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Language in motion

In reading Jane Austen books from my To Be Read pile, it struck me that not only words commonly used have changed―such as her use of twelvemonth instead of year―but the manner of using them and writing them differs. We now often combine two words, such as any and thing to make anything, whereas Austen always writes the words separately.

Now and then, a word jumps out from the page because the spelling has changed since the time the story was written: ancles instead of ankles, or extasy instead of ecstasy, for instance.

Further, the punctuation in books like Persuasion and Sense and Sensibility would not get past editors these days: run-on sentences that fill a page; commas that break up a thought without clarifying meaning; and semi-colons slipped in here and there, perhaps to separate one idea from another within a rambling sentence, but not as the rules of grammar currently demand.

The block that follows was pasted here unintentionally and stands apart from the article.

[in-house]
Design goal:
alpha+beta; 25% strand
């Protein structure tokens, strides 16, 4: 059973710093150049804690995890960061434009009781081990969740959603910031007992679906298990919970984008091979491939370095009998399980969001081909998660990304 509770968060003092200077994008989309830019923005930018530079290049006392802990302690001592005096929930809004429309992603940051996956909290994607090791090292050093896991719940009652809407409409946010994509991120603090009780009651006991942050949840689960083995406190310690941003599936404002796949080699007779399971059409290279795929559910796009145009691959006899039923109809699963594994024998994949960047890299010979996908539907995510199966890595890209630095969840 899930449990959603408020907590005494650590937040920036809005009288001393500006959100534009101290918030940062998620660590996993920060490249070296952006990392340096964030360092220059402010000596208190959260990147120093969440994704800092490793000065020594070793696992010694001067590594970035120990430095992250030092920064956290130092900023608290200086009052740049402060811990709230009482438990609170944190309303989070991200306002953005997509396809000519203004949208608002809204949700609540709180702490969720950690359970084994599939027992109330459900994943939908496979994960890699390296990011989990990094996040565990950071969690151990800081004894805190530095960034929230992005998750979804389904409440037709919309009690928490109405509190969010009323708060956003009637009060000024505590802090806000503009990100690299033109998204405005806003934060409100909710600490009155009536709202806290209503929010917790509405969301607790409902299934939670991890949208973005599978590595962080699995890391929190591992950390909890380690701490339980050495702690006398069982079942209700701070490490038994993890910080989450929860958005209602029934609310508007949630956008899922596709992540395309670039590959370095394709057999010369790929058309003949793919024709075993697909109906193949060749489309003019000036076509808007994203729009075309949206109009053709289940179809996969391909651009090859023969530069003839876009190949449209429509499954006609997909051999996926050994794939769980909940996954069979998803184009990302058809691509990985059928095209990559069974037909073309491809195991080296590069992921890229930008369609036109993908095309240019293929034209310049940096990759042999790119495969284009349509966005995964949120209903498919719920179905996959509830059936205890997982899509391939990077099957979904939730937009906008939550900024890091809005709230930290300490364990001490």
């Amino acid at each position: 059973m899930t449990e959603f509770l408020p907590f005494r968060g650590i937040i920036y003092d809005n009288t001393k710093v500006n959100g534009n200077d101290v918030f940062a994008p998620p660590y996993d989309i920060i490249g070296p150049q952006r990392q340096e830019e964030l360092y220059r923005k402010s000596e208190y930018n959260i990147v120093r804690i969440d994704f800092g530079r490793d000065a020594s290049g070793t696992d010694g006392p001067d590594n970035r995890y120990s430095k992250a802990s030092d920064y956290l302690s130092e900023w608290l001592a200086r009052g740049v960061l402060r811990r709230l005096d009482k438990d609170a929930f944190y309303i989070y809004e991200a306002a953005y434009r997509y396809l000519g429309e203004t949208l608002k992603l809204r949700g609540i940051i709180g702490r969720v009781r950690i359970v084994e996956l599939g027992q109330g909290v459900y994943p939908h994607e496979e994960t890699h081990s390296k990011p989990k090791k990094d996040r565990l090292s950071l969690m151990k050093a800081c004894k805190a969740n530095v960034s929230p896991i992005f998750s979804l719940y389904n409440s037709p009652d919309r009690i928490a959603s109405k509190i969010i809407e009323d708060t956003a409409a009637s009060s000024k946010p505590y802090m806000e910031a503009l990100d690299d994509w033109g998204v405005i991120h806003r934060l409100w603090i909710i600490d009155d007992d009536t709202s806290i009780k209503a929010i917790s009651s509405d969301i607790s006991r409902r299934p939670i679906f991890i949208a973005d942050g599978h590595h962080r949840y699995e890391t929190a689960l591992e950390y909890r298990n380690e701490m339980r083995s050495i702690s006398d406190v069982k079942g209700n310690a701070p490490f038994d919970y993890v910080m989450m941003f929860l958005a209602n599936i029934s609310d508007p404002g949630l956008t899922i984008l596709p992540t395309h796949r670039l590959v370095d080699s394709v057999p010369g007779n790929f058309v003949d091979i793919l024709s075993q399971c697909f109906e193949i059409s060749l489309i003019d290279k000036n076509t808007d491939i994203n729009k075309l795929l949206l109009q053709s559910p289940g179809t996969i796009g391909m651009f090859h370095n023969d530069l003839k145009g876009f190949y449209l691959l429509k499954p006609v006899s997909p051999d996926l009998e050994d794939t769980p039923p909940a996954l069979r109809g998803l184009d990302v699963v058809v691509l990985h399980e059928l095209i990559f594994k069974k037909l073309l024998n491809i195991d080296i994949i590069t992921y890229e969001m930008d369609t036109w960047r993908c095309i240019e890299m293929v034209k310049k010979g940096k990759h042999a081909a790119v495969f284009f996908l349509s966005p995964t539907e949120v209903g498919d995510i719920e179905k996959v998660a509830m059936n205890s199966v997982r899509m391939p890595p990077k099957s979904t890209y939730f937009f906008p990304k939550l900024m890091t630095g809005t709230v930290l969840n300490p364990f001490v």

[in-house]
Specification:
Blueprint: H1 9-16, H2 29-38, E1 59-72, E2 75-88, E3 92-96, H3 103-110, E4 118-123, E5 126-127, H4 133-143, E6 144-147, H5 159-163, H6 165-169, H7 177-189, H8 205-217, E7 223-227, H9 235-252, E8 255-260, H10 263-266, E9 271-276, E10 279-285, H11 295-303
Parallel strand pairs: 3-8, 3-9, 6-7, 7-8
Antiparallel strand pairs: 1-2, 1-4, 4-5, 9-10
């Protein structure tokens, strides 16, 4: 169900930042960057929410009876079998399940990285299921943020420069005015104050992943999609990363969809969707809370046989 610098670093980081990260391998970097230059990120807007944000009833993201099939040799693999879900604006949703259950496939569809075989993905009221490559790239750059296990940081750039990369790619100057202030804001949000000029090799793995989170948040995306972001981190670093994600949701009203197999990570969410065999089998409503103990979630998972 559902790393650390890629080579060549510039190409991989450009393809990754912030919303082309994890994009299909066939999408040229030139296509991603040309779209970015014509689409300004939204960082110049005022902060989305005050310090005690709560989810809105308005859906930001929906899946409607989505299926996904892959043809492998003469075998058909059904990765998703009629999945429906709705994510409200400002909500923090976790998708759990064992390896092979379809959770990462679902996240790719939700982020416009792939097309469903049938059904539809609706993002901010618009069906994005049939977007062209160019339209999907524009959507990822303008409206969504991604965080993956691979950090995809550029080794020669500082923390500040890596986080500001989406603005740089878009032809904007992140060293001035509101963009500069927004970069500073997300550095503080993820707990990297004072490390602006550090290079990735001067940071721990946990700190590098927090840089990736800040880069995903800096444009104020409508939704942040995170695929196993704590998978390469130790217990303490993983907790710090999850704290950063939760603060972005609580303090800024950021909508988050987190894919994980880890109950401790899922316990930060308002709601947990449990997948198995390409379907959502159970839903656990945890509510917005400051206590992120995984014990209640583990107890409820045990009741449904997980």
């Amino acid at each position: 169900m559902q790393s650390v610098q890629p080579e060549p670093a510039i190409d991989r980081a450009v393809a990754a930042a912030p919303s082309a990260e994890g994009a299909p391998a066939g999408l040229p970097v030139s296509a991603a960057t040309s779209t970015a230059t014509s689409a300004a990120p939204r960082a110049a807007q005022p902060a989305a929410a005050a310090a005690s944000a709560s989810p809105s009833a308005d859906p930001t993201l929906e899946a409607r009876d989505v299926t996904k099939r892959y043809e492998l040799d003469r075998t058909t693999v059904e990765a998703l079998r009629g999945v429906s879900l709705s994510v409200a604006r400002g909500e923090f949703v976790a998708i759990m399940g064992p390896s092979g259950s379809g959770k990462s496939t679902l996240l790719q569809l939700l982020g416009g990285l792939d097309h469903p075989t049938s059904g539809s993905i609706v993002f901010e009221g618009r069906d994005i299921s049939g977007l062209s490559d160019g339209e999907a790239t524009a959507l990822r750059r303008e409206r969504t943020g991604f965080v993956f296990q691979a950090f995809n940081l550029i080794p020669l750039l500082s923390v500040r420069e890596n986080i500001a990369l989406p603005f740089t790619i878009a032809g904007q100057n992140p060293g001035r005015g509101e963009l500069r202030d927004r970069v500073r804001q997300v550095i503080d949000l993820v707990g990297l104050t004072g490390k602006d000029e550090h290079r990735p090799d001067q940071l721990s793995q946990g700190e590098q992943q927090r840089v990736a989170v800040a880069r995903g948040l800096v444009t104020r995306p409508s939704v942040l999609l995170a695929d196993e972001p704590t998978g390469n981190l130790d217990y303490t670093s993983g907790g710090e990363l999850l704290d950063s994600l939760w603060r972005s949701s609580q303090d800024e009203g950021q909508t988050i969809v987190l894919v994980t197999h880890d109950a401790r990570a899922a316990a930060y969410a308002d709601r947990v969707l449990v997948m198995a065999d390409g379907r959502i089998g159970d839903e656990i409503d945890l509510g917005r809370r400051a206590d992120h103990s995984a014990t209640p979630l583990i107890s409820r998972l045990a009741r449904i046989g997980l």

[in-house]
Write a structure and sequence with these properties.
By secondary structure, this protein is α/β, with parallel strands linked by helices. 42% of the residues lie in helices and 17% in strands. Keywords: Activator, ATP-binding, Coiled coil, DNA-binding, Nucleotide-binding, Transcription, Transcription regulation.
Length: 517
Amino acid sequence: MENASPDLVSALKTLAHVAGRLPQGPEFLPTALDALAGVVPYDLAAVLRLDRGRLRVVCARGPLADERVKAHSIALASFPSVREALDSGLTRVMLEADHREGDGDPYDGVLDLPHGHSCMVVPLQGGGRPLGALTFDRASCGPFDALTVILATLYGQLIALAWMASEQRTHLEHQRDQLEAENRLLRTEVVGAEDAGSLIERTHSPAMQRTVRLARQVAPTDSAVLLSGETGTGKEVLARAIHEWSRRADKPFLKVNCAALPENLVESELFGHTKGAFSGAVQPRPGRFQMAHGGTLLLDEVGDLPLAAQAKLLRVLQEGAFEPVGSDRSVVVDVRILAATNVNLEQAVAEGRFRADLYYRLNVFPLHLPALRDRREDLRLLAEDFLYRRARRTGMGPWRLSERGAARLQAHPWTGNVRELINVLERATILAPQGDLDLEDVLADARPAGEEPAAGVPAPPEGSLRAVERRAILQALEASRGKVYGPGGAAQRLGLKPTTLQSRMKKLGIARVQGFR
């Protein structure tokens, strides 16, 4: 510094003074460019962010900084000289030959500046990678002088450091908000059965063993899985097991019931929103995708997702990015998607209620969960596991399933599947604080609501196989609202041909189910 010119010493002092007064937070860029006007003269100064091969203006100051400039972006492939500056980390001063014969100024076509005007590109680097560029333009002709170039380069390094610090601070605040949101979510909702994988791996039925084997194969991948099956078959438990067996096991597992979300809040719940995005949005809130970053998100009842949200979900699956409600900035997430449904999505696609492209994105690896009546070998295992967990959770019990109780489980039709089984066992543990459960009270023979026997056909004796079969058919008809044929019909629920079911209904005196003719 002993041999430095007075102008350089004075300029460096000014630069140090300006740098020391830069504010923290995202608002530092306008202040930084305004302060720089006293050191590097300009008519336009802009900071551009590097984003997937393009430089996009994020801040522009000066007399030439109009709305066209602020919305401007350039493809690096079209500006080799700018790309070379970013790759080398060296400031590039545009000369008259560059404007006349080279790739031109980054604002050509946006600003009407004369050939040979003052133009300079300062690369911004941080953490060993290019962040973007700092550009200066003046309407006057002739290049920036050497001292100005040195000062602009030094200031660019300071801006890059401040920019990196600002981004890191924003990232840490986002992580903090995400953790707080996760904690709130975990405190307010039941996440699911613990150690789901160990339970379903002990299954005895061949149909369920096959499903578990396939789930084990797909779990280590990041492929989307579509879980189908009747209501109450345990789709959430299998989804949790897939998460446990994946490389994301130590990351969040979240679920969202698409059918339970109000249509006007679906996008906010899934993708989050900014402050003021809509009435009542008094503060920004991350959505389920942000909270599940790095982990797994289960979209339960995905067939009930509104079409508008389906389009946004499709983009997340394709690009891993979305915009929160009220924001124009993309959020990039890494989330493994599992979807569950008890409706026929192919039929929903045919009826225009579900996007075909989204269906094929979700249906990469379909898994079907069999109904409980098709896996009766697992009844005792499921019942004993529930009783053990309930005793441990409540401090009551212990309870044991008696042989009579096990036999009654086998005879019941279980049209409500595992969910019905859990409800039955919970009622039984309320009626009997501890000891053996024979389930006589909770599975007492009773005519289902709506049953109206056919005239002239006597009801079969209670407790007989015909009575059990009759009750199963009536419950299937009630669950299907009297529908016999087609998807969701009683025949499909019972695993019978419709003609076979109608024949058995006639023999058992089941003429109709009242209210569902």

(Yes, all right, my own use of punctuation may not suit exacting editors, I’ll admit. And spelling errors do get past me.)

For all that, older books show the lovely way in which people (at least, educated people) spoke at the time, which is a far cry from the sloppy slang and the swear-word riddled speech of the present. Change is inevitable, but some change is not for the better.

Do you read stories written in the past with ease or with difficulty?

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